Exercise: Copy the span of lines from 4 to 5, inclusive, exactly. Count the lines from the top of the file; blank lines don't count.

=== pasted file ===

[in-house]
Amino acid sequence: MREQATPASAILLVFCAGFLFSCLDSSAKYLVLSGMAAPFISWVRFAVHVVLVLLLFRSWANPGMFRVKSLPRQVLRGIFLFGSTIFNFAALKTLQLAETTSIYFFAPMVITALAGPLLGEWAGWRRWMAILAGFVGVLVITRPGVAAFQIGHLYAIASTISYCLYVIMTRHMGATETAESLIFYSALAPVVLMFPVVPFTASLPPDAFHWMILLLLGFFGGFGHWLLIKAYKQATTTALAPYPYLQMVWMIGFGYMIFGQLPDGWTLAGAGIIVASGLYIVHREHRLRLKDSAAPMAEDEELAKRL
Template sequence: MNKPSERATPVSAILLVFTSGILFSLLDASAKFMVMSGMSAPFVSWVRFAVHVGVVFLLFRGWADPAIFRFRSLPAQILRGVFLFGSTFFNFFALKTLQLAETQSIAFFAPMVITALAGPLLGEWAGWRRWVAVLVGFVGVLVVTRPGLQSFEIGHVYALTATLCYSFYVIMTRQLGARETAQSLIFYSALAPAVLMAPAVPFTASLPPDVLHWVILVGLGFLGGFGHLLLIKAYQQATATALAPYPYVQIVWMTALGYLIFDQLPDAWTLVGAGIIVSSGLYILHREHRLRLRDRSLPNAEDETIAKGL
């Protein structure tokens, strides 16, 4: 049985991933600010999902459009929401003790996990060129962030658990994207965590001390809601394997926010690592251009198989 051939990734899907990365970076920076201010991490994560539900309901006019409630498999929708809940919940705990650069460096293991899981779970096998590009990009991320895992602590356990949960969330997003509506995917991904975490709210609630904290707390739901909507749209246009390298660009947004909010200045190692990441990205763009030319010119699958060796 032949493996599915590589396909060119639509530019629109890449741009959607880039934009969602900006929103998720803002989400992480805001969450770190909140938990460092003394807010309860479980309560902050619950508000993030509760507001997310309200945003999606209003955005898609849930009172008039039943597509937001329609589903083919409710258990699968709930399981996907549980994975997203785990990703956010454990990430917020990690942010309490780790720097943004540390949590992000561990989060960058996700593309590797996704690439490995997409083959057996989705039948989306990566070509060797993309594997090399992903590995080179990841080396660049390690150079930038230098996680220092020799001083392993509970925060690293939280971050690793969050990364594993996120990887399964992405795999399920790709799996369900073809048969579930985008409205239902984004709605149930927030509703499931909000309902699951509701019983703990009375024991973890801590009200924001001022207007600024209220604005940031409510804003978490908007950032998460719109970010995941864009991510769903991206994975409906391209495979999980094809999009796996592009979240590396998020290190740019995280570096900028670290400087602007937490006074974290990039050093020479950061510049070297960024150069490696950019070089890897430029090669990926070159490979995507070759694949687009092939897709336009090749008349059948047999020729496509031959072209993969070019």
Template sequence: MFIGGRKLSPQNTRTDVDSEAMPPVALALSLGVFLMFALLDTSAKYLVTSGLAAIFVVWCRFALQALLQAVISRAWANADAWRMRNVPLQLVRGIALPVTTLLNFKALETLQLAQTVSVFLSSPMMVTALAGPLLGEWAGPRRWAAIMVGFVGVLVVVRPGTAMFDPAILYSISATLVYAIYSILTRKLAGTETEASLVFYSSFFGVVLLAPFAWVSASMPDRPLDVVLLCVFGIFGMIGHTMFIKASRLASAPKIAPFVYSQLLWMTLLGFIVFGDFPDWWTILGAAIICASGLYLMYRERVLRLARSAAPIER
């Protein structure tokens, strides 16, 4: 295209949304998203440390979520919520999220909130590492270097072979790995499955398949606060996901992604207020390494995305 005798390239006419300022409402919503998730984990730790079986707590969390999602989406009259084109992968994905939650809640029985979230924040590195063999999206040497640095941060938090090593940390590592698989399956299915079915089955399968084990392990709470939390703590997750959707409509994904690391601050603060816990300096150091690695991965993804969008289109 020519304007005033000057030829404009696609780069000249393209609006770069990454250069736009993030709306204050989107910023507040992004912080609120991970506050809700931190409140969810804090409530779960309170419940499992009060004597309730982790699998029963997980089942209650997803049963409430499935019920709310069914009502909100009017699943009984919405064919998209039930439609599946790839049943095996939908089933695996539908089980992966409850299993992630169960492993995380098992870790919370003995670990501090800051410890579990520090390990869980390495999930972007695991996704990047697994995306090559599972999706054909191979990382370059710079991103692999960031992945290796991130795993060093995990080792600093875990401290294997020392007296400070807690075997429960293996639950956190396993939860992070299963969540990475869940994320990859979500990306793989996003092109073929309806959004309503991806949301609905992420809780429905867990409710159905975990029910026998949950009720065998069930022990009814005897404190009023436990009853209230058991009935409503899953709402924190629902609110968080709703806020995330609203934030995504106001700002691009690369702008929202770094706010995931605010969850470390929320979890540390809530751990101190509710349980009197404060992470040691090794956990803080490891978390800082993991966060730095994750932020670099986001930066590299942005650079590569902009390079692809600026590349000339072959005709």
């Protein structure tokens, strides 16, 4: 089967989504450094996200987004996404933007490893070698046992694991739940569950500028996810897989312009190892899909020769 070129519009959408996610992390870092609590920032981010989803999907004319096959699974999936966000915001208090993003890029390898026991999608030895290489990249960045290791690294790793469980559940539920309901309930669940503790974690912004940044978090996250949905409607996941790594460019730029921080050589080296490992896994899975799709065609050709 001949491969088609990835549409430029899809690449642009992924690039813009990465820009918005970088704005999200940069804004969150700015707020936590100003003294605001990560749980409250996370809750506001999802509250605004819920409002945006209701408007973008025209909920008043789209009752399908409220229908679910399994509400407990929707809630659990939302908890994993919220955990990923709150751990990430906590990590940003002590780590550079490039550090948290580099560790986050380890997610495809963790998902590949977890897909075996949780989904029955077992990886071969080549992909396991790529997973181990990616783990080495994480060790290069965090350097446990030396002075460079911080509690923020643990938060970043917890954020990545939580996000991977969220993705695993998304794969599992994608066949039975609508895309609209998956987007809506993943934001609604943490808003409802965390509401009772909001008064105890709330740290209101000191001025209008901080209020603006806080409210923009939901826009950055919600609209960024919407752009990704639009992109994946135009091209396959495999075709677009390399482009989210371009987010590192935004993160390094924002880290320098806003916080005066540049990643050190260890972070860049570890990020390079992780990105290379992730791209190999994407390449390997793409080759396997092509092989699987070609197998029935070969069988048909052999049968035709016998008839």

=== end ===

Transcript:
């Protein structure tokens, strides 16, 4: 049985991933600010999902459009929401003790996990060129962030658990994207965590001390809601394997926010690592251009198989 051939990734899907990365970076920076201010991490994560539900309901006019409630498999929708809940919940705990650069460096293991899981779970096998590009990009991320895992602590356990949960969330997003509506995917991904975490709210609630904290707390739901909507749209246009390298660009947004909010200045190692990441990205763009030319010119699958060796 032949493996599915590589396909060119639509530019629109890449741009959607880039934009969602900006929103998720803002989400992480805001969450770190909140938990460092003394807010309860479980309560902050619950508000993030509760507001997310309200945003999606209003955005898609849930009172008039039943597509937001329609589903083919409710258990699968709930399981996907549980994975997203785990990703956010454990990430917020990690942010309490780790720097943004540390949590992000561990989060960058996700593309590797996704690439490995997409083959057996989705039948989306990566070509060797993309594997090399992903590995080179990841080396660049390690150079930038230098996680220092020799001083392993509970925060690293939280971050690793969050990364594993996120990887399964992405795999399920790709799996369900073809048969579930985008409205239902984004709605149930927030509703499931909000309902699951509701019983703990009375024991973890801590009200924001001022207007600024209220604005940031409510804003978490908007950032998460719109970010995941864009991510769903991206994975409906391209495979999980094809999009796996592009979240590396998020290190740019995280570096900028670290400087602007937490006074974290990039050093020479950061510049070297960024150069490696950019070089890897430029090669990926070159490979995507070759694949687009092939897709336009090749008349059948047999020729496509031959072209993969070019």
Template sequence: MFIGGRKLSPQNTRTDVDSEAMPPVALALSLGVFLMFALLDTSAKYLVTSGLAAIFVVWCRFALQALLQAVISRAWANADAWRMRNVPLQLVRGIALPVTTLLNFKALETLQLAQTVSVFLSSPMMVTALAGPLLGEWAGPRRWAAIMVGFVGVLVVVRPGTAMFDPAILYSISATLVYAIYSILTRKLAGTETEASLVFYSSFFGVVLLAPFAWVSASMPDRPLDVVLLCVFGIFGMIGHTMFIKASRLASAPKIAPFVYSQLLWMTLLGFIVFGDFPDWWTILGAAIICASGLYLMYRERVLRLARSAAPIER